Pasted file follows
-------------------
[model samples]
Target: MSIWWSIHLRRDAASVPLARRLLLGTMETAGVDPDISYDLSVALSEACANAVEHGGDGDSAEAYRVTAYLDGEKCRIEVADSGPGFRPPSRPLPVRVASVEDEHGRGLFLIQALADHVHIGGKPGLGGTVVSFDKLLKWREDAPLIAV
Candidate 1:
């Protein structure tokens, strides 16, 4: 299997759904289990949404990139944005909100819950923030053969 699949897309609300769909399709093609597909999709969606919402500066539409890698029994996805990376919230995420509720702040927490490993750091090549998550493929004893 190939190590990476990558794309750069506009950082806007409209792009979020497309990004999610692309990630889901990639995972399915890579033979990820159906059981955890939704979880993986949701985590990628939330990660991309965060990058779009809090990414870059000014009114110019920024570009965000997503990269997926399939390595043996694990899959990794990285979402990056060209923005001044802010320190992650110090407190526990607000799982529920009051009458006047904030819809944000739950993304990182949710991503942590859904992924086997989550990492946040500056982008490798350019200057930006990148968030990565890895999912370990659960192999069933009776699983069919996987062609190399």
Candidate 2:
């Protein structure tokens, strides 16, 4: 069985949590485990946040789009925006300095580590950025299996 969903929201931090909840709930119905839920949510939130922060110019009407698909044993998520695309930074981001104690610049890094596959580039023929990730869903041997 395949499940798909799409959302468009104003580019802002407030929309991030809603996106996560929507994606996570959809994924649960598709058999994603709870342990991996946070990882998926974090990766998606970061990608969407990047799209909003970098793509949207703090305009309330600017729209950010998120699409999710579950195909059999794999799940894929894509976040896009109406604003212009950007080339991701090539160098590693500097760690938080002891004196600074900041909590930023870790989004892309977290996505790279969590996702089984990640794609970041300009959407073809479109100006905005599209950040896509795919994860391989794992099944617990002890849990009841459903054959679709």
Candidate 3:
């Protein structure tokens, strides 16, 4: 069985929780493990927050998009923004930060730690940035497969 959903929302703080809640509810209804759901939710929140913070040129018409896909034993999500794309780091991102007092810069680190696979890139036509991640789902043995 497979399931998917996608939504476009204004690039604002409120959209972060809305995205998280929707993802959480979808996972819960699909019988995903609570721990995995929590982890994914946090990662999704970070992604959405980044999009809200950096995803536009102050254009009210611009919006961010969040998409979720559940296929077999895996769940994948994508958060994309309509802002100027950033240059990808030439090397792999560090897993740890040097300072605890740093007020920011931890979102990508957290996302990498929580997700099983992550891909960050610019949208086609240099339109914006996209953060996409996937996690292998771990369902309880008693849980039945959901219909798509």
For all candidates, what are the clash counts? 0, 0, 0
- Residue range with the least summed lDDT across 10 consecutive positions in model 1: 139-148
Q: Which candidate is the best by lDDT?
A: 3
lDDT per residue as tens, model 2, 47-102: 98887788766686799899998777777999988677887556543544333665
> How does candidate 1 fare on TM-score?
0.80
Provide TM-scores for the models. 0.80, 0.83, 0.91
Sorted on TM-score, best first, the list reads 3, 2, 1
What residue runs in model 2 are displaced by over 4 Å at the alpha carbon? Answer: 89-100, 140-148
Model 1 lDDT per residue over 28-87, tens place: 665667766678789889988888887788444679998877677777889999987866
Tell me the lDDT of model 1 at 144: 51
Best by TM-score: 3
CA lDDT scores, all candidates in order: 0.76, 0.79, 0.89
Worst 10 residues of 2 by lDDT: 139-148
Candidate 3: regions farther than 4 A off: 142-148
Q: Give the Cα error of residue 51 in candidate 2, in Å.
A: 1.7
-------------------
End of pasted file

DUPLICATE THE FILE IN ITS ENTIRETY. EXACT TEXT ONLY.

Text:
[model samples]
Target: MSIWWSIHLRRDAASVPLARRLLLGTMETAGVDPDISYDLSVALSEACANAVEHGGDGDSAEAYRVTAYLDGEKCRIEVADSGPGFRPPSRPLPVRVASVEDEHGRGLFLIQALADHVHIGGKPGLGGTVVSFDKLLKWREDAPLIAV
Candidate 1:
């Protein structure tokens, strides 16, 4: 299997759904289990949404990139944005909100819950923030053969 699949897309609300769909399709093609597909999709969606919402500066539409890698029994996805990376919230995420509720702040927490490993750091090549998550493929004893 190939190590990476990558794309750069506009950082806007409209792009979020497309990004999610692309990630889901990639995972399915890579033979990820159906059981955890939704979880993986949701985590990628939330990660991309965060990058779009809090990414870059000014009114110019920024570009965000997503990269997926399939390595043996694990899959990794990285979402990056060209923005001044802010320190992650110090407190526990607000799982529920009051009458006047904030819809944000739950993304990182949710991503942590859904992924086997989550990492946040500056982008490798350019200057930006990148968030990565890895999912370990659960192999069933009776699983069919996987062609190399």
Candidate 2:
């Protein structure tokens, strides 16, 4: 069985949590485990946040789009925006300095580590950025299996 969903929201931090909840709930119905839920949510939130922060110019009407698909044993998520695309930074981001104690610049890094596959580039023929990730869903041997 395949499940798909799409959302468009104003580019802002407030929309991030809603996106996560929507994606996570959809994924649960598709058999994603709870342990991996946070990882998926974090990766998606970061990608969407990047799209909003970098793509949207703090305009309330600017729209950010998120699409999710579950195909059999794999799940894929894509976040896009109406604003212009950007080339991701090539160098590693500097760690938080002891004196600074900041909590930023870790989004892309977290996505790279969590996702089984990640794609970041300009959407073809479109100006905005599209950040896509795919994860391989794992099944617990002890849990009841459903054959679709």
Candidate 3:
């Protein structure tokens, strides 16, 4: 069985929780493990927050998009923004930060730690940035497969 959903929302703080809640509810209804759901939710929140913070040129018409896909034993999500794309780091991102007092810069680190696979890139036509991640789902043995 497979399931998917996608939504476009204004690039604002409120959209972060809305995205998280929707993802959480979808996972819960699909019988995903609570721990995995929590982890994914946090990662999704970070992604959405980044999009809200950096995803536009102050254009009210611009919006961010969040998409979720559940296929077999895996769940994948994508958060994309309509802002100027950033240059990808030439090397792999560090897993740890040097300072605890740093007020920011931890979102990508957290996302990498929580997700099983992550891909960050610019949208086609240099339109914006996209953060996409996937996690292998771990369902309880008693849980039945959901219909798509």
For all candidates, what are the clash counts? 0, 0, 0
- Residue range with the least summed lDDT across 10 consecutive positions in model 1: 139-148
Q: Which candidate is the best by lDDT?
A: 3
lDDT per residue as tens, model 2, 47-102: 98887788766686799899998777777999988677887556543544333665
> How does candidate 1 fare on TM-score?
0.80
Provide TM-scores for the models. 0.80, 0.83, 0.91
Sorted on TM-score, best first, the list reads 3, 2, 1
What residue runs in model 2 are displaced by over 4 Å at the alpha carbon? Answer: 89-100, 140-148
Model 1 lDDT per residue over 28-87, tens place: 665667766678789889988888887788444679998877677777889999987866
Tell me the lDDT of model 1 at 144: 51
Best by TM-score: 3
CA lDDT scores, all candidates in order: 0.76, 0.79, 0.89
Worst 10 residues of 2 by lDDT: 139-148
Candidate 3: regions farther than 4 A off: 142-148
Q: Give the Cα error of residue 51 in candidate 2, in Å.
A: 1.7